Enhancement of Theater Missile Defense Programs. The committee believes that efforts to deploy systems to counter the growing theater ballistic missile threat to U. S. military forces must be significantly accelerated. Therefore, the committee authorizes $147 million to ensure, to the extent possible, that the capabilities of U. S. TMD systems keep pace with missile deployments by Iran, North Korea and elsewhere. In authorizing funding, the committee ensures that the recommended program actions are executable in fiscal year 1998, address worldwide TBM threats, are consistent with planned TMD systems and system architectures, and comply with current international agreements. Additionally, all of the authorized amounts are fully offset within the National Defense Authorization Act for Fiscal Year 1998 (Public Law 105-85) and therefore conform to the balanced budget agreement and established discretionary budgetary caps. Specific program funding includes:

  • $35 million for the Joint Composite Tracking Network (JCTN). JCTN would link sensors from various platforms to allow earlier, more accurate cueing of theater ballistic missiles, thus increasing the effective range of TMD systems;
  • $15 million to accelerate completion of the Patriot Advanced Capability-Configuration 3 (PAC-3) remote launch capability. Remote launch allows PAC-3 missiles to be deployed at considerable distances from the PAC-3 radars and command and control equipment, effectively doubling the amount of territory defended. Due to program reductions, PAC-3 remote launch capability had slipped a year to fiscal year 2000; this funding would restore the operational capability to fiscal year 1999;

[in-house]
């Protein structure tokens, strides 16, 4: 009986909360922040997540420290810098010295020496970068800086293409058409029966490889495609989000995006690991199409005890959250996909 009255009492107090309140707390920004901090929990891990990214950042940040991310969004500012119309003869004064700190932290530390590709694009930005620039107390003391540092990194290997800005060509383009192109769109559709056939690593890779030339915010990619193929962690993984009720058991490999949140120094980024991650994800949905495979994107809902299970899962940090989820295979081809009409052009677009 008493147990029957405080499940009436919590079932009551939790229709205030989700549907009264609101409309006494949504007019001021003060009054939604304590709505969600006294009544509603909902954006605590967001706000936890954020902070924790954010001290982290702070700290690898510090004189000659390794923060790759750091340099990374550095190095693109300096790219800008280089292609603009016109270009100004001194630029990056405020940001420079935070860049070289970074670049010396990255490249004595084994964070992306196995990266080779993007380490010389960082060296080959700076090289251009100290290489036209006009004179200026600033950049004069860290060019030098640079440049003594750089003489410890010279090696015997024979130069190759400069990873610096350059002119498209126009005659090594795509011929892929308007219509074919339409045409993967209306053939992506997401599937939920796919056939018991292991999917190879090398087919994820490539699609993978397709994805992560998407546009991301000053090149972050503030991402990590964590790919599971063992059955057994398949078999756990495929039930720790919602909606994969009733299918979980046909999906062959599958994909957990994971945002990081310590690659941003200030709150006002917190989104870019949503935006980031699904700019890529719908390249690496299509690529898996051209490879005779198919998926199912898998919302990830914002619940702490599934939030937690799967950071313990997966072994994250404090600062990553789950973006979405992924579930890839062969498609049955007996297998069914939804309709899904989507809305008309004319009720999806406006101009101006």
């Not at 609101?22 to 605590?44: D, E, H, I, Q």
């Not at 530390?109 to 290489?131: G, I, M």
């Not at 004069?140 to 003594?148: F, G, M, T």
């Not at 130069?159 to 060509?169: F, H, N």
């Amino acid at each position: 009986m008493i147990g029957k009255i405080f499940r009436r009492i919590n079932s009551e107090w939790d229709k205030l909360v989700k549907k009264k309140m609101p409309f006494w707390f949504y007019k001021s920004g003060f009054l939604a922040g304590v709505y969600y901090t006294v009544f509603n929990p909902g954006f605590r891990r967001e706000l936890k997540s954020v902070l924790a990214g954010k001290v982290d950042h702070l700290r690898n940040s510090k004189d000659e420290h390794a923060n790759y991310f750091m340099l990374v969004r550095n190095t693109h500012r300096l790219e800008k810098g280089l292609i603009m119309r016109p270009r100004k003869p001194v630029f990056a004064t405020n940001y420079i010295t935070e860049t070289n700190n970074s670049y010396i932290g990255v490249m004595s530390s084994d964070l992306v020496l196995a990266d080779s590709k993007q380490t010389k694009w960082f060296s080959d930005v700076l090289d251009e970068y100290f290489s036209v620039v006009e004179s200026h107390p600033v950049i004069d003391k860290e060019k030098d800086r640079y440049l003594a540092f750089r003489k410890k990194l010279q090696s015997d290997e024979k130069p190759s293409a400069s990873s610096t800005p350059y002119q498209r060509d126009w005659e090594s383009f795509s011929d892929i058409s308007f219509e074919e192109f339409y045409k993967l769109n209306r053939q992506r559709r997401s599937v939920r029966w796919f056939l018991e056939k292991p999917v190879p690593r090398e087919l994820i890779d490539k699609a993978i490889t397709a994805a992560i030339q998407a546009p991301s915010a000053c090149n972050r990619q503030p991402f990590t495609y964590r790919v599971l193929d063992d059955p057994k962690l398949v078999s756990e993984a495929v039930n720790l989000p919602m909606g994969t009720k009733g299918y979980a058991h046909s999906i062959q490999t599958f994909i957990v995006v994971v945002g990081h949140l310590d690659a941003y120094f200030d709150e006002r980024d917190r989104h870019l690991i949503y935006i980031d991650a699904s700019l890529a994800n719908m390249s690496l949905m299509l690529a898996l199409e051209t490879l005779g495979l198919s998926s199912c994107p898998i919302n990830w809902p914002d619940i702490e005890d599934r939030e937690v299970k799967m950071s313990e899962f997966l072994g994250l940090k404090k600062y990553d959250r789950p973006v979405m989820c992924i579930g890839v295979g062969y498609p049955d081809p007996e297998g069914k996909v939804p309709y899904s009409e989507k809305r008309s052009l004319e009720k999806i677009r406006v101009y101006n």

• $40 million for capability tests of PAC-3 and the Navy Area Defense System. Both systems were designed to defend against slower, shorter range threat missiles, but would still have some capabilities against the longer range threat posed by Iranian ballistic missiles. This funding would provide for one test of each of these TMD systems to determine the extent of their capabilities against more demanding threats;
  • $6 million to support the integration of various sensors and communication systems to provide more accurate launch point, trajectory and impact point predictions. This early warning capability can be used to cue weapons and radars more quickly and to support attack operations;
  • $41 million for production rate enhancements for PAC-3. The additional funding would allow initial low rate production to increase from the currently planned four per month to six per month. In addition, it would allow full rate production to increase from the currently planned 20 per month to 30 per month. Increased production rates would enable deployment of greater quantities of PAC-3 missiles if missile threats are deployed in Iran and elsewhere more rapidly and in larger numbers than expected; and

  • $10 million to improve interoperability between the Israeli Arrow system and U. S. TMD systems in a timely manner.

    Identification of Other Actions. The committee requires the Secretary of Defense to identify additional steps to mitigate the theater missile threat and to take steps to expedite their execution, including cooperative measures between DOD and the Minister of Defense of Israel. The committee also directs the Secretary of Defense to rapidly assess actions that might be taken in the Navy Theater Wide defense system to address near term TBM threats and to report to Congress on any further actions identified to counter TBM threats.